As Robert Gard once said: "If we are seeking in America, let it be seeking for the reality of democracy in the arts. Let art begin at home and let it spread through the children and their parents, and through the schools and the institutions and government. And let us start by acceptance, not negation...acceptance that the arts are important everywhere, that they can exist and flourish in small places as well as large, with money and without it, according to the will of the people. Let us put firmly and permanently aside the cliche that the arts are a frill. Let us accept the goodness of art where we are now, and expand its worth in the places where people live."

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A Note on Terminology

Words such as community development and community building have taken on specific meaning through prolonged and narrow use in other sectors. The term "community development" is largely the property of nonprofit, government agencies, banks and others who construct housing units, manage asset portfolios, and “create” jobs, generally in low-income urban settings. Community development corporations (CDCs) and the community development field have become professionalized to the point where these central functions define them. There are some people and organizations in this industry that do remarkable, holistic work including work in culture and the arts.

“Community building” is a somewhat less long-standing term of art. To many in urban and town planning, architecture, real estate and road building it means the ground-up construction of entire new “communities” or clusters of houses, business properties and civic, social and educational complexes often in “new” places such as large abandoned industrial sites or farm fields.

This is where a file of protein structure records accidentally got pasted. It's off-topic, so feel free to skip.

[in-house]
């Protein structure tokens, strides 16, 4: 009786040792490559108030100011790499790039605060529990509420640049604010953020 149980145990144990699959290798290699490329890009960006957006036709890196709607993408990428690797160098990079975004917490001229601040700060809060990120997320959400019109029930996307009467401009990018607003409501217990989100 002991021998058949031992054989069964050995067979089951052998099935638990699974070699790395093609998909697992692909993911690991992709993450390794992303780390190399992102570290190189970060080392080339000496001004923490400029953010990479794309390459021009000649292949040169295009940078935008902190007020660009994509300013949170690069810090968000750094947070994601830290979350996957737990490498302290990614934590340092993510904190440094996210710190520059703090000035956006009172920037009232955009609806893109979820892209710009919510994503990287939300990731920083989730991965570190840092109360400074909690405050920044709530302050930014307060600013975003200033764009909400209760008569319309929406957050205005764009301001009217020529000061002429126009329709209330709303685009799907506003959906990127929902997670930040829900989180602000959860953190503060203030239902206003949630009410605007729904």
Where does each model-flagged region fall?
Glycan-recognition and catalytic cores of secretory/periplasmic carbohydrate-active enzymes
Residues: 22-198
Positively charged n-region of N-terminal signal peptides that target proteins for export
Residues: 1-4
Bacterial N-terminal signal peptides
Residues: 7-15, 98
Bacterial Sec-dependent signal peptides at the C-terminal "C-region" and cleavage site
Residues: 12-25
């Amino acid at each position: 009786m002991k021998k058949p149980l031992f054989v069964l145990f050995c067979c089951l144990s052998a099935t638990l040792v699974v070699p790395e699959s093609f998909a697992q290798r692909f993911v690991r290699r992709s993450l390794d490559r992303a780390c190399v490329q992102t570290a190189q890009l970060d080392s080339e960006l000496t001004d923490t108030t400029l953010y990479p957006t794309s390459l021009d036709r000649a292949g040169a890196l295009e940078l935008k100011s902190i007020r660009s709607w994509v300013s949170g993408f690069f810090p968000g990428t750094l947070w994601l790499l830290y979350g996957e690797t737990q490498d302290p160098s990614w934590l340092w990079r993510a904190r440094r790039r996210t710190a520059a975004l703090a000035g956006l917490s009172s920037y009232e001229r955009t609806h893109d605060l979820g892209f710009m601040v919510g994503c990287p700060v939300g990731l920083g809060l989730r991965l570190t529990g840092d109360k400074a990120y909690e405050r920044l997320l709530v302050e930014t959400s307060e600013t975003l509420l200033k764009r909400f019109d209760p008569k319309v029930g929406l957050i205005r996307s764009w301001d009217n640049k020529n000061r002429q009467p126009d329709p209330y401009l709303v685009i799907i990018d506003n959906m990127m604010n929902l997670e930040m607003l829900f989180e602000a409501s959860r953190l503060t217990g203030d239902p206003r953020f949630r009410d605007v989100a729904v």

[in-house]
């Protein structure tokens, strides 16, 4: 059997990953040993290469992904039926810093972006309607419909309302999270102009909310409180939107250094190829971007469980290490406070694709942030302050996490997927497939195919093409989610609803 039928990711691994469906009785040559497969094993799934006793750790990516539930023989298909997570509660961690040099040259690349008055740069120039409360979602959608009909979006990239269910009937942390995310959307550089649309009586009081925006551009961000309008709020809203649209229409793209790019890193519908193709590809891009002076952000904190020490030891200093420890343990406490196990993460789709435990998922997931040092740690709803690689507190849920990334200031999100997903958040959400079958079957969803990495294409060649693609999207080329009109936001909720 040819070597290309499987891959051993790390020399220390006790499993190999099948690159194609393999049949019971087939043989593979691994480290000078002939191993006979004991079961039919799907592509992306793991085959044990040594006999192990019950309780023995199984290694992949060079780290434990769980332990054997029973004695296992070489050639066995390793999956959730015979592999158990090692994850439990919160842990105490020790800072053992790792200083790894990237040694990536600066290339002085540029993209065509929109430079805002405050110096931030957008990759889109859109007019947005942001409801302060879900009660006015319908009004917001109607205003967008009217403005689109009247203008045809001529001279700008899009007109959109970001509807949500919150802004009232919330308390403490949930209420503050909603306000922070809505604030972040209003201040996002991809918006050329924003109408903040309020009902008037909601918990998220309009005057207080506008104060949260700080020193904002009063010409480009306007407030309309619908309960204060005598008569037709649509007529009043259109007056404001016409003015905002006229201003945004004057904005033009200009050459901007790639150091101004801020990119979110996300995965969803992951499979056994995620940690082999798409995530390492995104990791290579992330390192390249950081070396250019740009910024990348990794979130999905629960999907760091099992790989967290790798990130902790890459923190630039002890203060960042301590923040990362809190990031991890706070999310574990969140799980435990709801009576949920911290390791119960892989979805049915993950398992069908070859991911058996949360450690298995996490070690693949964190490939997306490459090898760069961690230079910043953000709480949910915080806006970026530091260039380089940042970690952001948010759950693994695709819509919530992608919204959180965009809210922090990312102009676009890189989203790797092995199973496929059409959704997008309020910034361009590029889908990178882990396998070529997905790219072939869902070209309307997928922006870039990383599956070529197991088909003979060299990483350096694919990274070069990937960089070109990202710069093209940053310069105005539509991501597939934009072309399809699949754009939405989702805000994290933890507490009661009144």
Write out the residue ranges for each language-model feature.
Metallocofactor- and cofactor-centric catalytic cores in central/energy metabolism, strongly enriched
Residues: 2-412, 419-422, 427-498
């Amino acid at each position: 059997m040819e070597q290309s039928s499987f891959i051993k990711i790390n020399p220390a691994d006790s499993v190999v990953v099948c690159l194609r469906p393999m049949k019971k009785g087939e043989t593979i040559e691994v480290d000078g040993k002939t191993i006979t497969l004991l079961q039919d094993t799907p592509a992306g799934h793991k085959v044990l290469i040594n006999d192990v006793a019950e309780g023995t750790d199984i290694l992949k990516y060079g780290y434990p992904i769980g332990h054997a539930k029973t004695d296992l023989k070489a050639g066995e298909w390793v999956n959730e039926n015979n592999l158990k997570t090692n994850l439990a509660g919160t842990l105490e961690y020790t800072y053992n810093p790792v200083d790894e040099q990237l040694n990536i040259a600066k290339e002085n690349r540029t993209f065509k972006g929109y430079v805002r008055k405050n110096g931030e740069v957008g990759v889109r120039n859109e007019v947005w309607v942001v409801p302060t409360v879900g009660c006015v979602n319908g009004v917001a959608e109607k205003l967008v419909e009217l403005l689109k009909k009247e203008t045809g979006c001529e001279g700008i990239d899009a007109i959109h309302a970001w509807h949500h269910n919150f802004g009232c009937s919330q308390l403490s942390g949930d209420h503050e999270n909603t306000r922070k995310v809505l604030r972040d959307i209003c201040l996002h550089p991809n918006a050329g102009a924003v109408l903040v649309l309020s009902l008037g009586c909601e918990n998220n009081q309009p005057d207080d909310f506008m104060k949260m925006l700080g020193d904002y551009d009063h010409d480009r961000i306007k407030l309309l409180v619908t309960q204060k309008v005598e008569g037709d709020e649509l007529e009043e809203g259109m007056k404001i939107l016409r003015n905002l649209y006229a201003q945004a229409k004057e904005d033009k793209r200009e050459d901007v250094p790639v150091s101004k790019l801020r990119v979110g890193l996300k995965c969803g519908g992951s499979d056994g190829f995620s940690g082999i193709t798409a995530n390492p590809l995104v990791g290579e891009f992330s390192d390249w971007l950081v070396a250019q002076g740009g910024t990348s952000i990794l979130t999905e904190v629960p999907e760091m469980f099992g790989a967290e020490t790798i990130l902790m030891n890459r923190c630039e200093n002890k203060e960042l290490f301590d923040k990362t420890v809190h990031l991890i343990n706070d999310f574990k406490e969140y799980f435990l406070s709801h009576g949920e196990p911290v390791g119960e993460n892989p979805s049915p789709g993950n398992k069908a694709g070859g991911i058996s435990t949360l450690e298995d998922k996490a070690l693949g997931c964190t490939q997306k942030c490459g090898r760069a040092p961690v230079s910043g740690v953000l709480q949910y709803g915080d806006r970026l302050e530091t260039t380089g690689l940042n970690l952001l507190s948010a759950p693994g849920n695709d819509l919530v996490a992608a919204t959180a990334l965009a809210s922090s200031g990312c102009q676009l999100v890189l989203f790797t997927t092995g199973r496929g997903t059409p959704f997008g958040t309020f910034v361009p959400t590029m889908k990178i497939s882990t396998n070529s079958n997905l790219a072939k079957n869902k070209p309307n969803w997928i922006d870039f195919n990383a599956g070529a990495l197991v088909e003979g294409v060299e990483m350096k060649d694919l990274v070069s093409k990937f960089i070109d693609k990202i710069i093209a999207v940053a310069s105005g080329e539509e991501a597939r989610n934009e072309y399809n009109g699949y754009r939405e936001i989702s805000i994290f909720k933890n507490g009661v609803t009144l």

Making up a new term would simply perpetuate the “we-have-the-right-language- so-you-have-to-speak-ours” phenomenon. In this article, I use both community development and community building interchangeably, stressing that I’m speaking to the larger process of addressing the environmental, social, cultural, civic, physical and economic aspects of human settlement and endeavor.

The term “arts-based community development” rings of self-importance. While I fully believe in cultural strategies for advancing community building, I think placing art at the center of the process suggests the same kind of arrogance that has turned off community organizers in the past. I don’t think it is productive in building coalitions and alliances. Factoring art and culture as among a community’s key assets, as do Kretzmann and McKnight, is far more effective.
(By Tom Borrup What's Revolutionary About Valuing Assets as a Strategy in Cultural Work?)


Atlanta Summer Murals Program

This community project involves children and artists working together to create murals. When they are finished, the murals are placed in recreation centers and other municipal sites around the city.
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